Physical performance measures in screening for reduced lean body mass in adult females with obesity
Published on Sep 1, 2018in Nutrition Metabolism and Cardiovascular Diseases3.34
· DOI :10.1016/j.numecd.2018.06.008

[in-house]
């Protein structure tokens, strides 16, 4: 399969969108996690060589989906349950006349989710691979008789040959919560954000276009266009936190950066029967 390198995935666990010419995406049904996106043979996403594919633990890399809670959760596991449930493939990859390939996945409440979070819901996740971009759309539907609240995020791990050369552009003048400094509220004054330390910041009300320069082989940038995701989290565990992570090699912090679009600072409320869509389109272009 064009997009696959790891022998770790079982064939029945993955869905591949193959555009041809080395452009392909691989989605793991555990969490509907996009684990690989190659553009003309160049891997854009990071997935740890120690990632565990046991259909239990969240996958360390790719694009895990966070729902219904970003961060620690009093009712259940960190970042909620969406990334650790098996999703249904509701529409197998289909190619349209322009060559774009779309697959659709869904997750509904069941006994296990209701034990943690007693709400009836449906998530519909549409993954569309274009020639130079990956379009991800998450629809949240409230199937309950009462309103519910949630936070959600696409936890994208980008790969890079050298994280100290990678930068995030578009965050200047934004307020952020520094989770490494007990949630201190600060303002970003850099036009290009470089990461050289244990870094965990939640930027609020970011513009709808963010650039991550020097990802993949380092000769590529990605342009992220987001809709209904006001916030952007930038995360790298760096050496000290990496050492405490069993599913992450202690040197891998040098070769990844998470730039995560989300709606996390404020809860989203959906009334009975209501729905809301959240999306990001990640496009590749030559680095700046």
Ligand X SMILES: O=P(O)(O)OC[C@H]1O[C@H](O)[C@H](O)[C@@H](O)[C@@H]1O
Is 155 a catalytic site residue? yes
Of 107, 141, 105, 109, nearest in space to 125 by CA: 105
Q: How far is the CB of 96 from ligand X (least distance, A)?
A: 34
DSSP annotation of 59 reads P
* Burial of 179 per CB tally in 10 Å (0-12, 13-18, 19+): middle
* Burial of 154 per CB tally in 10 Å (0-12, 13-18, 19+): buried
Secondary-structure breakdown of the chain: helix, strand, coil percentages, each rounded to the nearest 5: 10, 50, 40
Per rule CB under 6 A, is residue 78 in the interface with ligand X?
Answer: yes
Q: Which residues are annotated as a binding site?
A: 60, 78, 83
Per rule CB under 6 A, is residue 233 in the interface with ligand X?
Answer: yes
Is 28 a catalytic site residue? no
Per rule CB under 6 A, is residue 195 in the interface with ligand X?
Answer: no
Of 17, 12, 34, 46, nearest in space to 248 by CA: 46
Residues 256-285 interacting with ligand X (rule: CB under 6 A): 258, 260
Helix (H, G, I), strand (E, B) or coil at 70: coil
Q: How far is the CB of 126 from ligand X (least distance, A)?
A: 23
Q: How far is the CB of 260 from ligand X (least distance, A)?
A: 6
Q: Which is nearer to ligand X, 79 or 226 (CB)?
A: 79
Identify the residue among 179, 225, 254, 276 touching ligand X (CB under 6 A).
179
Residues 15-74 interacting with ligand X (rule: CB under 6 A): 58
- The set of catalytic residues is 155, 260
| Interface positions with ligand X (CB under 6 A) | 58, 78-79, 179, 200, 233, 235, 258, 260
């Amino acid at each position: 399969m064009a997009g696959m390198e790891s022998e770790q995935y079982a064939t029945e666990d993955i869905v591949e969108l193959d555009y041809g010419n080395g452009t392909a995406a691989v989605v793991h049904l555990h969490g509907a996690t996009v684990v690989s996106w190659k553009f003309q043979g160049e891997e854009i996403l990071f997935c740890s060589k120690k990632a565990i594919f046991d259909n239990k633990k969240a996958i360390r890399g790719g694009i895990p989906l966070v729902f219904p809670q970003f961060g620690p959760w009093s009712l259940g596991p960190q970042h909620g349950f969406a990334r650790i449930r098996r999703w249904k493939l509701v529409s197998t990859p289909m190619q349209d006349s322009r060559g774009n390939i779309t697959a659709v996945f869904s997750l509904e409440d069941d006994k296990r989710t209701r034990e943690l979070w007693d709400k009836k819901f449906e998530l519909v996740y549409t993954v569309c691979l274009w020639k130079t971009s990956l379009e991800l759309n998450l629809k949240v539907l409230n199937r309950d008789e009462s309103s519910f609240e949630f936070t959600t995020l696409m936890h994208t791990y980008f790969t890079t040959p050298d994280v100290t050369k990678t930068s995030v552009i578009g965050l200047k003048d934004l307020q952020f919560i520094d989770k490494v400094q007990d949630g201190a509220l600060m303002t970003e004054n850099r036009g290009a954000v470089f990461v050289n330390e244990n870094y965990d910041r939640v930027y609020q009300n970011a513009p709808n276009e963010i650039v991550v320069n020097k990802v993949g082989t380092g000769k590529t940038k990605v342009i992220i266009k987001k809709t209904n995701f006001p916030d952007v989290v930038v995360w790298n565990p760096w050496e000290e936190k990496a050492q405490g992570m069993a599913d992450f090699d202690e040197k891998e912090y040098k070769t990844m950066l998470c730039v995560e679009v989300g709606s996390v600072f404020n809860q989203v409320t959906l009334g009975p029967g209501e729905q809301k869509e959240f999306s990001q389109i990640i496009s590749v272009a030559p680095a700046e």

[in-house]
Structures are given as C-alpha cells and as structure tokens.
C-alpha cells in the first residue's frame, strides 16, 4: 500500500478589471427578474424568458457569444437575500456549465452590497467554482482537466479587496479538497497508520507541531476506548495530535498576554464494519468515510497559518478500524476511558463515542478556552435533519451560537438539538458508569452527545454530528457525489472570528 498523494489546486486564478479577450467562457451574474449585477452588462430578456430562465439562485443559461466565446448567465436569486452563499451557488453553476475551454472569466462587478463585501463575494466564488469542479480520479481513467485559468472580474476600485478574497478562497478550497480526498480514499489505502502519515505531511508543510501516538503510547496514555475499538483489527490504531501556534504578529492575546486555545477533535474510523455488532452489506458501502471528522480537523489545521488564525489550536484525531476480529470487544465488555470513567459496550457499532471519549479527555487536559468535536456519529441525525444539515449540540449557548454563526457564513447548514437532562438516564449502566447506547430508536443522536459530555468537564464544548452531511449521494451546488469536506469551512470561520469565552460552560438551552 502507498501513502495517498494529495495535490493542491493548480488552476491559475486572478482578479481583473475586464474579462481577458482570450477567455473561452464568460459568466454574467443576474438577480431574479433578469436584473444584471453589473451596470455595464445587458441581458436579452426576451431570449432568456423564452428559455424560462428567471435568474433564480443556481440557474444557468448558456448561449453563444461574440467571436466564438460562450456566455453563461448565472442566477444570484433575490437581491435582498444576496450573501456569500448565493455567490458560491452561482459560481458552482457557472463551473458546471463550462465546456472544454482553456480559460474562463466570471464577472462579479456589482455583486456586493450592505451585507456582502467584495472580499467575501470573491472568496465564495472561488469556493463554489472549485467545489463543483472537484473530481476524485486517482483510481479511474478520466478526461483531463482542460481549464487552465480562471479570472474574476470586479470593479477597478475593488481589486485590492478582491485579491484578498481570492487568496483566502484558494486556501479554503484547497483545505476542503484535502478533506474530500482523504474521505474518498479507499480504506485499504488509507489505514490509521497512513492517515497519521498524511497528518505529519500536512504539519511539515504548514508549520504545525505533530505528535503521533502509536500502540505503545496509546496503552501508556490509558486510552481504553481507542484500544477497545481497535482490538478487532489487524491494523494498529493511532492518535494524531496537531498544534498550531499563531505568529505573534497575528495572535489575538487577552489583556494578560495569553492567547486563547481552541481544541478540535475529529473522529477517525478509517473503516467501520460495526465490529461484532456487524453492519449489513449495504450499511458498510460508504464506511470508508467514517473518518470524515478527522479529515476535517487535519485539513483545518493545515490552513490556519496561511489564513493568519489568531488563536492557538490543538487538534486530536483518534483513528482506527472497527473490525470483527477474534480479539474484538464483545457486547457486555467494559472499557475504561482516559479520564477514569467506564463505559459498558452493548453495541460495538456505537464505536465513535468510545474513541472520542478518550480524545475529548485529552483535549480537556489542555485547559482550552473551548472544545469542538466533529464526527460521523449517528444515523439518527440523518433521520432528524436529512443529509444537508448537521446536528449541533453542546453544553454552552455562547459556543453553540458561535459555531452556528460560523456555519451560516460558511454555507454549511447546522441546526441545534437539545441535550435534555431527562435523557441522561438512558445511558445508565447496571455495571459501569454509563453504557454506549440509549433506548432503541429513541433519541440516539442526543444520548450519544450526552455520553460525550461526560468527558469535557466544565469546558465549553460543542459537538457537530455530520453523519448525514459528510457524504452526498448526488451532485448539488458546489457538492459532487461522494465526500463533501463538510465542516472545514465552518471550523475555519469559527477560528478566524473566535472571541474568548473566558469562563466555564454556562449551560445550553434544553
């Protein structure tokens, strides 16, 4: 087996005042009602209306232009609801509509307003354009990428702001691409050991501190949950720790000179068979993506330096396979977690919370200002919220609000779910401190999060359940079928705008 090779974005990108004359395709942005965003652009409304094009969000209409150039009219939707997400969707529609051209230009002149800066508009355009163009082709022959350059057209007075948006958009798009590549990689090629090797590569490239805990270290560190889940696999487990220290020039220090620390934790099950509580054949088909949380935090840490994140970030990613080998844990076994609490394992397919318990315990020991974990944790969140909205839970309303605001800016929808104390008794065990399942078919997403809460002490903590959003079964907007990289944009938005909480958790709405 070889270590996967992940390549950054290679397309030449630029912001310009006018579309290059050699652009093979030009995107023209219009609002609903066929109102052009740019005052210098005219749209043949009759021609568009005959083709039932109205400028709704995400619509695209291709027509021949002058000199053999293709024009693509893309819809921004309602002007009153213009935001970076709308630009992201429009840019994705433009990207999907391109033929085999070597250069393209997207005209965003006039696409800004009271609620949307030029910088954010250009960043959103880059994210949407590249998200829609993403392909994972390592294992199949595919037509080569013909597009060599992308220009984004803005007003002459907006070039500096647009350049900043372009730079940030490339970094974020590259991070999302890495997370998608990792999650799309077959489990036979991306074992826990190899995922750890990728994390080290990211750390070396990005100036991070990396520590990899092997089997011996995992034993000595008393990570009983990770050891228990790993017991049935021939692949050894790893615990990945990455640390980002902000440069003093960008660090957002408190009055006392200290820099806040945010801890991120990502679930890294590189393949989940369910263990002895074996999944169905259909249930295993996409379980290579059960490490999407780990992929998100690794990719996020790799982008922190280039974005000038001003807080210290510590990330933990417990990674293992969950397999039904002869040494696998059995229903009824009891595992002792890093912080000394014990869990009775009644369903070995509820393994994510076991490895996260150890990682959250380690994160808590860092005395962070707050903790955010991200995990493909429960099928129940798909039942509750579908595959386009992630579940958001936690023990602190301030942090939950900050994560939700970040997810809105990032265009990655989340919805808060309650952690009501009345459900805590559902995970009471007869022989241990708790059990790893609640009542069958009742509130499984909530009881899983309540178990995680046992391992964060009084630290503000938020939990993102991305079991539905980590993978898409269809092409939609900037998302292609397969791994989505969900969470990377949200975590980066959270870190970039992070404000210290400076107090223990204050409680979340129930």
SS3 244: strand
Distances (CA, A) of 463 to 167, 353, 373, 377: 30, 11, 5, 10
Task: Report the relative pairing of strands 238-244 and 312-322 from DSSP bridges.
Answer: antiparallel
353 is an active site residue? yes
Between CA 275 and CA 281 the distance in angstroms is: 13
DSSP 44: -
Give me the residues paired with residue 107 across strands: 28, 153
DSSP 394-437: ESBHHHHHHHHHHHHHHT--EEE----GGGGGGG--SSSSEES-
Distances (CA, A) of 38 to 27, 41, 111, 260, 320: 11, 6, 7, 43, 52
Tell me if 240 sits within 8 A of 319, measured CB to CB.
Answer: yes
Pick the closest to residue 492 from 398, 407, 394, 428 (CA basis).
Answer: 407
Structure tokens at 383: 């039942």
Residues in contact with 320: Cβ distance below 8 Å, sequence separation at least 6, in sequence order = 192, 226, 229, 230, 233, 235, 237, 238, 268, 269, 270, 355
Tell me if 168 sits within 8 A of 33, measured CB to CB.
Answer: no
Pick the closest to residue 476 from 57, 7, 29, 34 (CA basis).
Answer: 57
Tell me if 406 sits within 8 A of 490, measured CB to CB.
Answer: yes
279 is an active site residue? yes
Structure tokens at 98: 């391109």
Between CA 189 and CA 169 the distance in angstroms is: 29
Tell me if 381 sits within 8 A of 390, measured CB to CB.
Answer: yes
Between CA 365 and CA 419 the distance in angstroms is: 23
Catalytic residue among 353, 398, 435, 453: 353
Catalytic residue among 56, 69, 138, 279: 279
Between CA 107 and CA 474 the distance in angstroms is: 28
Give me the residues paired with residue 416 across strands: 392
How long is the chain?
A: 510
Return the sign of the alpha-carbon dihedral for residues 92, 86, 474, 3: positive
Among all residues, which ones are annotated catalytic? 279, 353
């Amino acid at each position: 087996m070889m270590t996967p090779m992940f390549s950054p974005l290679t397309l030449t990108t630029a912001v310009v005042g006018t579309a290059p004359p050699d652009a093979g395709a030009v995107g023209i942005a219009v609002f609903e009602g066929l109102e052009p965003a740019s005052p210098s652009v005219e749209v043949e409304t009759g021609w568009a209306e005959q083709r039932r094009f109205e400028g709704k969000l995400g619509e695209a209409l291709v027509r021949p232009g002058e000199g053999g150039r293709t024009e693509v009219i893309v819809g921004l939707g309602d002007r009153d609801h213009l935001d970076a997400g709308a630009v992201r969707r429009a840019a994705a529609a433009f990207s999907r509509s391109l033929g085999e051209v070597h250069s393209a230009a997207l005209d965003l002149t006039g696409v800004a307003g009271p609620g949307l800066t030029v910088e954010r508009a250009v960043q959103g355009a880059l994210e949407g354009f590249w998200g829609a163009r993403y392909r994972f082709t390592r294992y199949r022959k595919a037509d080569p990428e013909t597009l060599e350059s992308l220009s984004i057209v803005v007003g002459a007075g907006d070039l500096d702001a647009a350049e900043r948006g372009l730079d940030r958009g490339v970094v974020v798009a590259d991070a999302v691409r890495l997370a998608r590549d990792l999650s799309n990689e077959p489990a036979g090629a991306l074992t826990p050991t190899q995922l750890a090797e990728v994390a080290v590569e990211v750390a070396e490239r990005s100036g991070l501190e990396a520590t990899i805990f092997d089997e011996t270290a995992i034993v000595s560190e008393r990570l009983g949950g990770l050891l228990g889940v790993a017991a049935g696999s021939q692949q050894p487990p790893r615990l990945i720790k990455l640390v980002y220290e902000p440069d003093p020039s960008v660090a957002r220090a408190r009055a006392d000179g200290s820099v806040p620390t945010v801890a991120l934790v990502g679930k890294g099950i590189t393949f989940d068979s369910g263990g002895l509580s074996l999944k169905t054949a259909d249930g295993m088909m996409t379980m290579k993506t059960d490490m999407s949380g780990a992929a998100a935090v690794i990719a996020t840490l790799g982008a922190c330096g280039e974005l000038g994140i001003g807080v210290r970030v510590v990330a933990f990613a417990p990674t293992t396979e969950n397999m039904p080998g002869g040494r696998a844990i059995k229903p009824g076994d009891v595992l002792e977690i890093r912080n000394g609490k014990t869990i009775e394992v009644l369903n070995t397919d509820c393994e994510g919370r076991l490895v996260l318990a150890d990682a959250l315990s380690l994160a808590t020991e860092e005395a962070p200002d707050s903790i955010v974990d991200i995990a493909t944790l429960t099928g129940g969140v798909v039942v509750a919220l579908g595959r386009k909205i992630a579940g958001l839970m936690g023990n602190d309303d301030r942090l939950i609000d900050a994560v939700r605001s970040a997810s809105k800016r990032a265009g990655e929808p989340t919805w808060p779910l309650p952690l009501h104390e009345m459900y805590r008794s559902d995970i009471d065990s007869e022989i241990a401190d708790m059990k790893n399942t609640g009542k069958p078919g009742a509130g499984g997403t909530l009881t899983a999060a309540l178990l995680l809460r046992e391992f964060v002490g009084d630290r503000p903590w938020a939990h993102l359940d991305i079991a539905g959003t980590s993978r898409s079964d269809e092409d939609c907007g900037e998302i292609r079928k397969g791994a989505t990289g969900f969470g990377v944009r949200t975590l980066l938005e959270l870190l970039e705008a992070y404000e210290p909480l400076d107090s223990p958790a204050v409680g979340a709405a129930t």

Abstract Background & aims Little is known about the reduction of lean body mass (LBM) in obesity, or how to identify it in standard clinical settings. We therefore aimed to assess the prevalence of low LBM in adult females with obesity, and to identify the reliability of simple tools for its screening in this population. Methods and Results Dual-energy X-ray absorptiometry (DXA) body composition assessment was used to categorise 147 female participants with obesity as with or without low LBM, according to the new definition that takes into account both appendicular lean mass (ALM) and body mass index (BMI)—ALM/BMI Of the sample of 147 participants, 93 (63.3%) met the criteria for reduced LBM. Stepwise multivariate logistic regression analysis showed that the six-minute walking test was the only independent test associated with low LBM (OR = 0.992, 95%CI 0.987–0.998). Receiver operating characteristic (ROC) curve analysis found that the discriminating cut-off points of the tests considered were 470 m, 3.30 s (gait speed = 1.2 m/sec) and 23.5 kg respectively; the 4-metre gait-speed test seems to provide the best balance of sensitivity and specificity, and the greatest discriminatory power at 90% sensitivity. Conclusions Treatment-seeking adult females with obesity display a great prevalence of reduced LBM. The six-minute walking test was the only independent test associated with low LBM, but the 4-metre gait-speed test seems to be the most accurate functional test for screening for this condition in that population.